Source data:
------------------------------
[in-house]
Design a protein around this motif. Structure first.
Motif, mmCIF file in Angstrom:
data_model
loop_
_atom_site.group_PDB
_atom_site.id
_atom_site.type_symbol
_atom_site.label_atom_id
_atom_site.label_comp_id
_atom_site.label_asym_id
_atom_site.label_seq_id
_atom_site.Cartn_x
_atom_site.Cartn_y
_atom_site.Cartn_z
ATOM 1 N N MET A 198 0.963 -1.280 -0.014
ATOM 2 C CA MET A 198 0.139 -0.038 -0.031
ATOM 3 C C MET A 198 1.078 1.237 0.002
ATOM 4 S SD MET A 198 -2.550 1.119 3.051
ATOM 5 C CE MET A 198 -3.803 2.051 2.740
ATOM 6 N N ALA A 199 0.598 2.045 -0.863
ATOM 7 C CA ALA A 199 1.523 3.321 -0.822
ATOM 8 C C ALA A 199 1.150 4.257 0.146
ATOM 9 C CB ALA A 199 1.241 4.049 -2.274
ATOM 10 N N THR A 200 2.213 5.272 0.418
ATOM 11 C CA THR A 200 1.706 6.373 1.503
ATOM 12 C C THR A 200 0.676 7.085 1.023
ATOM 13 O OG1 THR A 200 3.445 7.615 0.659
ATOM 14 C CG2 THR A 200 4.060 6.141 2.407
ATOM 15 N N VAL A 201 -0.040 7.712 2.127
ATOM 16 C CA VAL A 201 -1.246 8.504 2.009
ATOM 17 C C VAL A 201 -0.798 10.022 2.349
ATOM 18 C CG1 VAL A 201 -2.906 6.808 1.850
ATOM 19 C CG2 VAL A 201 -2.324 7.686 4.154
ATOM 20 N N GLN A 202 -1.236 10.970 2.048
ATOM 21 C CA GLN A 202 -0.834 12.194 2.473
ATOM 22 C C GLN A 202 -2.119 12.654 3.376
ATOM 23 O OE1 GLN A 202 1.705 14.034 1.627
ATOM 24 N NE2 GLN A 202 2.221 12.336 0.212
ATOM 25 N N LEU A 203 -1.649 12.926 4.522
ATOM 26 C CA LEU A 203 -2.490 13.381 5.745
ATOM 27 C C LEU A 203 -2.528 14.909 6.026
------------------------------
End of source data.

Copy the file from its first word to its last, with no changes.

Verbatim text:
[in-house]
Design a protein around this motif. Structure first.
Motif, mmCIF file in Angstrom:
data_model
loop_
_atom_site.group_PDB
_atom_site.id
_atom_site.type_symbol
_atom_site.label_atom_id
_atom_site.label_comp_id
_atom_site.label_asym_id
_atom_site.label_seq_id
_atom_site.Cartn_x
_atom_site.Cartn_y
_atom_site.Cartn_z
ATOM 1 N N MET A 198 0.963 -1.280 -0.014
ATOM 2 C CA MET A 198 0.139 -0.038 -0.031
ATOM 3 C C MET A 198 1.078 1.237 0.002
ATOM 4 S SD MET A 198 -2.550 1.119 3.051
ATOM 5 C CE MET A 198 -3.803 2.051 2.740
ATOM 6 N N ALA A 199 0.598 2.045 -0.863
ATOM 7 C CA ALA A 199 1.523 3.321 -0.822
ATOM 8 C C ALA A 199 1.150 4.257 0.146
ATOM 9 C CB ALA A 199 1.241 4.049 -2.274
ATOM 10 N N THR A 200 2.213 5.272 0.418
ATOM 11 C CA THR A 200 1.706 6.373 1.503
ATOM 12 C C THR A 200 0.676 7.085 1.023
ATOM 13 O OG1 THR A 200 3.445 7.615 0.659
ATOM 14 C CG2 THR A 200 4.060 6.141 2.407
ATOM 15 N N VAL A 201 -0.040 7.712 2.127
ATOM 16 C CA VAL A 201 -1.246 8.504 2.009
ATOM 17 C C VAL A 201 -0.798 10.022 2.349
ATOM 18 C CG1 VAL A 201 -2.906 6.808 1.850
ATOM 19 C CG2 VAL A 201 -2.324 7.686 4.154
ATOM 20 N N GLN A 202 -1.236 10.970 2.048
ATOM 21 C CA GLN A 202 -0.834 12.194 2.473
ATOM 22 C C GLN A 202 -2.119 12.654 3.376
ATOM 23 O OE1 GLN A 202 1.705 14.034 1.627
ATOM 24 N NE2 GLN A 202 2.221 12.336 0.212
ATOM 25 N N LEU A 203 -1.649 12.926 4.522
ATOM 26 C CA LEU A 203 -2.490 13.381 5.745
ATOM 27 C C LEU A 203 -2.528 14.909 6.026